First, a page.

These stories precede Alice to Prague, and show readers where Tanya came from and how she found herself on the journey and in the career she has now. Reading both is a great experience – two periods in her life, both as fascinating and as intriguing as the other. From one extreme to another across both books – isolation in Alice and the Northern Territory to surveillance under a Communist regime in Prague. Both are fascinating stories. …I enjoyed reading this book about Tanya’s early years, seeing how she grew up and what initiated her taste for writing, and the outside world, which is further explored in Alice to Prague. For readers of that book and new readers, this is a fantastic read that everyone will get something out of. (Review here)

Jennifer Cameron-Smith read a memoir, written in 2002, that clearly distinguished itself from an autobiography. In reviewing Finding Ullagundahi Island by a now-deceased indigenous author, Jennifer writes:

In her Author Note,[the author] wrote that ‘… although this book is strongly autobiographical, it is not an autobiography.’ She wanted to make it clear that it is written from her perspective….This is a deeply personal story, a quest for knowledge, for identity, for family history. [The author], then a young Aboriginal woman, travelled to northern NSW, to the Clarence River. She was in search of Ullagundahi Island where her grandmother and grandfather were born. Records were sparse, and those with memories of her grandmother were few. But she never stopped searching. The book is presented as a letter to her daughter, Ashlyn May. …Her story of dispossession is not unique, but her telling of it is so very powerful. A beautifully written autobiographical book. I wish I’d read it earlier. (Review here.)

The Griffith Review always has a mixture of fiction and non-fiction, memoir and reportage and Griffith Review Issue 68: Getting On (2020) is no exception. Cass Moriarty’s review mentioned several contributions to the book, but I have selected out those that appear to be memoirs:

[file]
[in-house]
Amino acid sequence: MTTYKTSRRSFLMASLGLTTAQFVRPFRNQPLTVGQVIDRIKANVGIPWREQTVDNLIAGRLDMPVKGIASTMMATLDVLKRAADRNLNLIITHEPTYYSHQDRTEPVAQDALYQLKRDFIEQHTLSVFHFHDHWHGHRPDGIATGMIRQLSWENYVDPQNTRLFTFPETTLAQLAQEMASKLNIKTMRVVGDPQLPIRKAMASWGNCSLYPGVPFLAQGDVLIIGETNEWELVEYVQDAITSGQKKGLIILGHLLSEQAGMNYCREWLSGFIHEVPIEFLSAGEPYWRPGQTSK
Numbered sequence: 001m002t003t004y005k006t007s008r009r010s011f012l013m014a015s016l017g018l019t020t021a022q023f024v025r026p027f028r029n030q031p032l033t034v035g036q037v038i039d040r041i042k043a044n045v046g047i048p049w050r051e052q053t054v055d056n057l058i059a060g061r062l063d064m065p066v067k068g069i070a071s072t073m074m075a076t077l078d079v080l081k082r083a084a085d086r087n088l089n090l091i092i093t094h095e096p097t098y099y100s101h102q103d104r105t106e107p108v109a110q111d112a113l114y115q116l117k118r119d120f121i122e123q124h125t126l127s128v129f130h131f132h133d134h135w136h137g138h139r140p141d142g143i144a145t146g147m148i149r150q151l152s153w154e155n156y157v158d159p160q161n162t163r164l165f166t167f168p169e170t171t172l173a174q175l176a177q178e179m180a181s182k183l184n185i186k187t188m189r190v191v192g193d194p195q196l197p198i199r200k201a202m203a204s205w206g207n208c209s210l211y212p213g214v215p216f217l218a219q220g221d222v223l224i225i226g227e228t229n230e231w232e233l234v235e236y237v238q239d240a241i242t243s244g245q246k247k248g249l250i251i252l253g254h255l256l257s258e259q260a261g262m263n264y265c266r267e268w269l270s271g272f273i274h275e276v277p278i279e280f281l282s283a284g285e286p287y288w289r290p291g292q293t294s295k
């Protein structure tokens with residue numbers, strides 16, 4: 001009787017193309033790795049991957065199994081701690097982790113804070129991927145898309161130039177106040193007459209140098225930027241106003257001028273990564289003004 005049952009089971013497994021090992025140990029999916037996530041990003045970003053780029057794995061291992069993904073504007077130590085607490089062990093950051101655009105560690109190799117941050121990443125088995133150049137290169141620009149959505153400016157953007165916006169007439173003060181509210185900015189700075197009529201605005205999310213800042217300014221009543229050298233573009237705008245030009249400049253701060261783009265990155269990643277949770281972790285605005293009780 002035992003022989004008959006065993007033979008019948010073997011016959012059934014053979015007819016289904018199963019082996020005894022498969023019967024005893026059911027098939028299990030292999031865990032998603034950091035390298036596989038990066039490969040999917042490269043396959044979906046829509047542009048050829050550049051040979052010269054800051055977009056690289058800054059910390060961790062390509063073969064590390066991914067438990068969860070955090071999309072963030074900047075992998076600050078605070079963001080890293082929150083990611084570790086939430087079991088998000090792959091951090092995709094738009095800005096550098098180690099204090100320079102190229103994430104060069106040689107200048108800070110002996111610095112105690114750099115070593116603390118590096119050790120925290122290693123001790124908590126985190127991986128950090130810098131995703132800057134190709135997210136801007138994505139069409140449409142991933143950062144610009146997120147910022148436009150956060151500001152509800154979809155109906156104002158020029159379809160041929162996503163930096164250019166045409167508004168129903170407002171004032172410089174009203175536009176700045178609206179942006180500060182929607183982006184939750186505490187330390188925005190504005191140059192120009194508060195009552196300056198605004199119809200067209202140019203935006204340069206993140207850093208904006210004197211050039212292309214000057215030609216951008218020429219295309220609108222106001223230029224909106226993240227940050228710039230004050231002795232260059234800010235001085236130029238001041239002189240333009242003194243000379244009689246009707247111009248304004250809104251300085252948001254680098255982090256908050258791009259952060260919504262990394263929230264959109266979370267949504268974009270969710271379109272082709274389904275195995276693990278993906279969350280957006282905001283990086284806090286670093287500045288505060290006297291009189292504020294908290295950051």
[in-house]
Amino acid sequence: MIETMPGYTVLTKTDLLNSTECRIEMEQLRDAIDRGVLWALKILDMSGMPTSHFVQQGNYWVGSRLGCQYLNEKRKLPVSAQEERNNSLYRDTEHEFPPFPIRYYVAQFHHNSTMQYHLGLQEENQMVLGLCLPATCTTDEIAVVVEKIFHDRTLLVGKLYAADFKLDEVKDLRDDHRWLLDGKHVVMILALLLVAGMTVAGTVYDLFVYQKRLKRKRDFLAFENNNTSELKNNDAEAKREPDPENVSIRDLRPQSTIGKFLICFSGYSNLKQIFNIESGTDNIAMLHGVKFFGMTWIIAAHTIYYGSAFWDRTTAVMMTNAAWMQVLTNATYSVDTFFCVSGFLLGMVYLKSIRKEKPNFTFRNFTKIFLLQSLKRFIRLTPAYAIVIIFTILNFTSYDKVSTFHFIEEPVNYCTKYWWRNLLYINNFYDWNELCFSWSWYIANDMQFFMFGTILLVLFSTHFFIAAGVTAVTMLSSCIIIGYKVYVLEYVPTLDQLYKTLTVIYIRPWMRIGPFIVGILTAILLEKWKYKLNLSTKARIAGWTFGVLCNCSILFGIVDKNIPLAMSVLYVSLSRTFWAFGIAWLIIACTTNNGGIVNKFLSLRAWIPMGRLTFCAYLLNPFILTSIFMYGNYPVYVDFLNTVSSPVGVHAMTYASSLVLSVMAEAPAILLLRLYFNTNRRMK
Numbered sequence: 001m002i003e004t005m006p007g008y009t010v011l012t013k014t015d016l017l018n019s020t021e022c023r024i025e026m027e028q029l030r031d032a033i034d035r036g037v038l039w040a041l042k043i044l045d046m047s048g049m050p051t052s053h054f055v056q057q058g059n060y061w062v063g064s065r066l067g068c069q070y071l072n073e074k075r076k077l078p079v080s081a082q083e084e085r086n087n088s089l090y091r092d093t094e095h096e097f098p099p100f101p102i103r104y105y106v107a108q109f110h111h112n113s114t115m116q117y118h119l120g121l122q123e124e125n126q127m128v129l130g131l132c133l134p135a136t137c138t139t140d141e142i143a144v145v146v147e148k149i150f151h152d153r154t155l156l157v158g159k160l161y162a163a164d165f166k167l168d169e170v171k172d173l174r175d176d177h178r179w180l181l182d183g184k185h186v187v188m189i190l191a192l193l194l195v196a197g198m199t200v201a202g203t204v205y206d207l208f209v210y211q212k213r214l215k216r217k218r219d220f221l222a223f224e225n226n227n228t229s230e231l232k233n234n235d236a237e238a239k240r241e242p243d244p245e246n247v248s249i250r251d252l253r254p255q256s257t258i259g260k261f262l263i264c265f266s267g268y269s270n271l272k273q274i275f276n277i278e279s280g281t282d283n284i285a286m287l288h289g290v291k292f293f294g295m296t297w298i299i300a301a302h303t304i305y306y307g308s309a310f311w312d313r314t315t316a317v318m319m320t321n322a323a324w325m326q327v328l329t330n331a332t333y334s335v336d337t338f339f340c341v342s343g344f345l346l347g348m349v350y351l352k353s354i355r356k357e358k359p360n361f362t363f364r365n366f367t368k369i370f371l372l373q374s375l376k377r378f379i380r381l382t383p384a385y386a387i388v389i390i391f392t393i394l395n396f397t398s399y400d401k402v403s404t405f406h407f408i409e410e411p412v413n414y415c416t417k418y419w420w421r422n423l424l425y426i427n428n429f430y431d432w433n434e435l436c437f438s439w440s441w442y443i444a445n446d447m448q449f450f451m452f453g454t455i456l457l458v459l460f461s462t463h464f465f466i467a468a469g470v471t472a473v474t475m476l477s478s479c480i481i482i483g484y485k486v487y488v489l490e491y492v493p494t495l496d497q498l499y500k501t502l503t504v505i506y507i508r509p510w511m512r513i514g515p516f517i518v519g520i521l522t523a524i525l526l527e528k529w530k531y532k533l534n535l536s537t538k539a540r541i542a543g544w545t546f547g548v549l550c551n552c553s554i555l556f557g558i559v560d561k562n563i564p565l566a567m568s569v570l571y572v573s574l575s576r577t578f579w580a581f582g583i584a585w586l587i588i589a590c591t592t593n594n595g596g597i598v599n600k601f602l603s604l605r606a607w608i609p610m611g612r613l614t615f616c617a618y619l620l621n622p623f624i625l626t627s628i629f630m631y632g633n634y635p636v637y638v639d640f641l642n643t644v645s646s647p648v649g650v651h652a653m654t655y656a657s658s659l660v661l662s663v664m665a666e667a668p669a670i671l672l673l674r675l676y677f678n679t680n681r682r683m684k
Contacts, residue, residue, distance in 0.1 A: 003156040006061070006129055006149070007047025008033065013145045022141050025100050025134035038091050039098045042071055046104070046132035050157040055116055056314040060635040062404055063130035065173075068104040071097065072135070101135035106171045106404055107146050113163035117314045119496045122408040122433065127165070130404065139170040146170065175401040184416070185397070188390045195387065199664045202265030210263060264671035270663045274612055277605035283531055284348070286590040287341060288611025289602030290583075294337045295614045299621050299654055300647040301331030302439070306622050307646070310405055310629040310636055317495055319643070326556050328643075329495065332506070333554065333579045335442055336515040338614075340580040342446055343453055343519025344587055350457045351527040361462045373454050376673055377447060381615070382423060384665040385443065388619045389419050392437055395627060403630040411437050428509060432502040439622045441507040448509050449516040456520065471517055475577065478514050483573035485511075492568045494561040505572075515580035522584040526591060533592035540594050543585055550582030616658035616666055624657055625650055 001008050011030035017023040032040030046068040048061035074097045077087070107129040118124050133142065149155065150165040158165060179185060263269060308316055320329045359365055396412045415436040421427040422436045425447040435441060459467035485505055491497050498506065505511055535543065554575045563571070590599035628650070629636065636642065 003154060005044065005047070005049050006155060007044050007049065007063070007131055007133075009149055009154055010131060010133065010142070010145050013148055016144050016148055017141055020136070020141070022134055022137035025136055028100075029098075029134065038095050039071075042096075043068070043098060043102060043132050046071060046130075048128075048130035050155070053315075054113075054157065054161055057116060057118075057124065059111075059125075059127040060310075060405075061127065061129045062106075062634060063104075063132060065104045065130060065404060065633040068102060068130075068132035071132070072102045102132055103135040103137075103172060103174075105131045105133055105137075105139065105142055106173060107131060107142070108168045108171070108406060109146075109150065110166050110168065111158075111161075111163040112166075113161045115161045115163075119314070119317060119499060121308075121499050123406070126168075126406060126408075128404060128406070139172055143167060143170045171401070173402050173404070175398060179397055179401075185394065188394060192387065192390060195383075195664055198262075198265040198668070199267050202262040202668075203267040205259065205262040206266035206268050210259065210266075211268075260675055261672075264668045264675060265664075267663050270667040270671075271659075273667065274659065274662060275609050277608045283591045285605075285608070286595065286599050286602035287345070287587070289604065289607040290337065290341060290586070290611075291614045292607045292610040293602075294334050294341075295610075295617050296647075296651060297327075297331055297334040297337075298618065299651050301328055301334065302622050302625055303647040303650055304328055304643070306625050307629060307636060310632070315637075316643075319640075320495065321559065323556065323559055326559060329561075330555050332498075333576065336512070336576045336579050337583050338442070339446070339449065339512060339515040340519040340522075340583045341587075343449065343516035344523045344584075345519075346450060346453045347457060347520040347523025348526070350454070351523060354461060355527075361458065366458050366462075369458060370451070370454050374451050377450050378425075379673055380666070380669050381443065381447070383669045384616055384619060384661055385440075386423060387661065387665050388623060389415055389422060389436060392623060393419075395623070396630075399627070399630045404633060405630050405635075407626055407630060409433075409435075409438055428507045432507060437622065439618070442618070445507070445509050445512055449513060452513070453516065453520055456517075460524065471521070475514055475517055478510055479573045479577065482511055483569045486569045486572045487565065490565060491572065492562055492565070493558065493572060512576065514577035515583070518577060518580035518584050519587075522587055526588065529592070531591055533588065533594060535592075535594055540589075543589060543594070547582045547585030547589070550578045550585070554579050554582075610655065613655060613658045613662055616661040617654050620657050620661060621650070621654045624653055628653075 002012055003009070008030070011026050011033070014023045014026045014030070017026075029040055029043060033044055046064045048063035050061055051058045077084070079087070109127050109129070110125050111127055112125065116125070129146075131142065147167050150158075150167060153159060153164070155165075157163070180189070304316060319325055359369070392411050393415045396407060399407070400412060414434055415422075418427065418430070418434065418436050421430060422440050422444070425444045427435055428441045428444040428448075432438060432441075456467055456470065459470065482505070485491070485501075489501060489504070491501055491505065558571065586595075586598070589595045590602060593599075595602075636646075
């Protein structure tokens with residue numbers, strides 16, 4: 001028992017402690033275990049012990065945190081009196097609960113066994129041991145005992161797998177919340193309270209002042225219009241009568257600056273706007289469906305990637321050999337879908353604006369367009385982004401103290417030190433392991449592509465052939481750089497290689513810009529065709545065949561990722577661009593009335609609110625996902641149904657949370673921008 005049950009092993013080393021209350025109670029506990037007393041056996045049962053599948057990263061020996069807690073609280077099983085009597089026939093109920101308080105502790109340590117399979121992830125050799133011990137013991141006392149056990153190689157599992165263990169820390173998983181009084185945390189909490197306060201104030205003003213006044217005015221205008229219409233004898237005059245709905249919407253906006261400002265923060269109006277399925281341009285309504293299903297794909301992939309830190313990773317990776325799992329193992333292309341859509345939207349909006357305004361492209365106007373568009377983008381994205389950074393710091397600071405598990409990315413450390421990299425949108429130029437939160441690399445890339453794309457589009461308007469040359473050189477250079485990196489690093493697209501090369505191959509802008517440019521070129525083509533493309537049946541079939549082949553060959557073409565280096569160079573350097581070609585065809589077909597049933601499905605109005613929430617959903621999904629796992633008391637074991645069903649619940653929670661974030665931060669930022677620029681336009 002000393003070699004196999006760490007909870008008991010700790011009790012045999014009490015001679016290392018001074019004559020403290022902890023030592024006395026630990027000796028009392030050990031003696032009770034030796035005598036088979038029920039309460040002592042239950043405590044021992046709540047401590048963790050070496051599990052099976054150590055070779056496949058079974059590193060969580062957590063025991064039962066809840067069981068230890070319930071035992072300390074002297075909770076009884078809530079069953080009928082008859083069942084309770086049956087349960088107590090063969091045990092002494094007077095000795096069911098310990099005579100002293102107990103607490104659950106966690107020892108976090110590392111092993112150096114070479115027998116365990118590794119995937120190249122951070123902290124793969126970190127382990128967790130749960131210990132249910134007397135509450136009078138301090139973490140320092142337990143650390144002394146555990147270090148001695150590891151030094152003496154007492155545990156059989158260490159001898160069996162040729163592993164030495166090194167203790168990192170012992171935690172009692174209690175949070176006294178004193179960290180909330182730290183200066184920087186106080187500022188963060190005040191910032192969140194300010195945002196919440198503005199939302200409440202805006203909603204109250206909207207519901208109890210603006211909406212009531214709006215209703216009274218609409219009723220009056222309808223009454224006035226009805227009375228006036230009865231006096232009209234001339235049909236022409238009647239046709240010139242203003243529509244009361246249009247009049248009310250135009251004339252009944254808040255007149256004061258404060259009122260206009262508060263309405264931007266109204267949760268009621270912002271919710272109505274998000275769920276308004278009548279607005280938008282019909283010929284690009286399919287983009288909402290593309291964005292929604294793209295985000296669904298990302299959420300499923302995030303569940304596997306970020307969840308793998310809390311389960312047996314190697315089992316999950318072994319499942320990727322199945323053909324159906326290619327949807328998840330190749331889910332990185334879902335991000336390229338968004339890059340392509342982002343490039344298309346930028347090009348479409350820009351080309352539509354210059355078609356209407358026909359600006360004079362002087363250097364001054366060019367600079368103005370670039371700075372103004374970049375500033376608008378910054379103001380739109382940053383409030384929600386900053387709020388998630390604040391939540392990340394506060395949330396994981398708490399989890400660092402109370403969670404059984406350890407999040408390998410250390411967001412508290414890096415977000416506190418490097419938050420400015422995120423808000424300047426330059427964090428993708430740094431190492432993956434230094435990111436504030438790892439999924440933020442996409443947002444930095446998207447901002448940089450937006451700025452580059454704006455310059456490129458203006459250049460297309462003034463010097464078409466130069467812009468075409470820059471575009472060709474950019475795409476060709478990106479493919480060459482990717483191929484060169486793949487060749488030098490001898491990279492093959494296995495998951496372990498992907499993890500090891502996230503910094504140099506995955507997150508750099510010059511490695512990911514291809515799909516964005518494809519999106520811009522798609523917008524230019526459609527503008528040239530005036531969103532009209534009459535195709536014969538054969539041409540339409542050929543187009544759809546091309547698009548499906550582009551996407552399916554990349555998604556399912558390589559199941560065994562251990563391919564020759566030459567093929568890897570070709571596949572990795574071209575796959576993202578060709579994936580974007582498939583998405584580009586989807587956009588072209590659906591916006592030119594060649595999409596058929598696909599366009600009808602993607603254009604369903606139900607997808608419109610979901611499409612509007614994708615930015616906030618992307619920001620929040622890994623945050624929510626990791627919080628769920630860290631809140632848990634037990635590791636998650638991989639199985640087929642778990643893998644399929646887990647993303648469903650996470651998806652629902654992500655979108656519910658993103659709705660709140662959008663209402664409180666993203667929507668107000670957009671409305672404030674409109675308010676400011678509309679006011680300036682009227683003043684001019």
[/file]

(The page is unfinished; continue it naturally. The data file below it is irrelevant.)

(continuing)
…beginning with the exquisite Helen Garner and her essay ‘The Invisible Arrow’. In her famous conversational style, Garner casually discusses the parallels between her own aging body and her ability to write, describing the degeneration of her body with the changing attitudes in her own writing – what she wants to write, what she is able to focus on, and what she wishes to record. Such simple words yet so powerful. …In her essay ‘In an Unguarded Moment’, Gabbie Stroud reminisces about the suicide of her brother thirty years earlier, and the reverberations of his loss still felt by her family today, even by her children who never met him… [A] poignant memoir piece by Ailsa Piper, ‘Old Growth’, recounts seventy being the new fifty, and the absolute privilege of growing older …and a marvellous memoir by Vicki Laveau-Harvie titled ‘A Vapour Trail Across the Sun’, …muses on her debut publication at seventy with her Stella prize-winning book The Erratics, her persistence, her writing life and what success has meant. (Review here)


Only one biography this month, and one that has been reviewed several times before, but not featured in the Round Ups since I’ve been doing them. Kate Grenville’s One Life: My mother’s story (2016) is the biography of her mother, Nance Gee. Jennifer Cameron-Smith writes:

Those of us who are not related or part of Nance Gee (née Russell)’s circle of friends and acquaintances, would not have heard of her, except for the fact that she was Kate Grenville’s mother. And Kate, using the fragments of memoir that Nance left behind, has given us Nance’s story. ….By the end of the book, while I felt that I had a good understanding of the issues with which Nance grappled, and the times in which she lived, I didn’t know the woman at all…. And yet, I am glad I read this book. It’s a reminder of life during a tumultuous period of history, a reminder that there are many different aspects to one person’s life, a tribute to a woman who did her best. (Review here)


About: I’m Janine Rizzetti and I blog at the immodestly-named The Resident Judge of Port Phillip where I indulge my love of reading, podcasts and history. I am a historian, interested in Australian and colonial history, officially retired but more occupied than I thought I would be with my local historical society, playing with grandchildren and learning Spanish and now ukulele!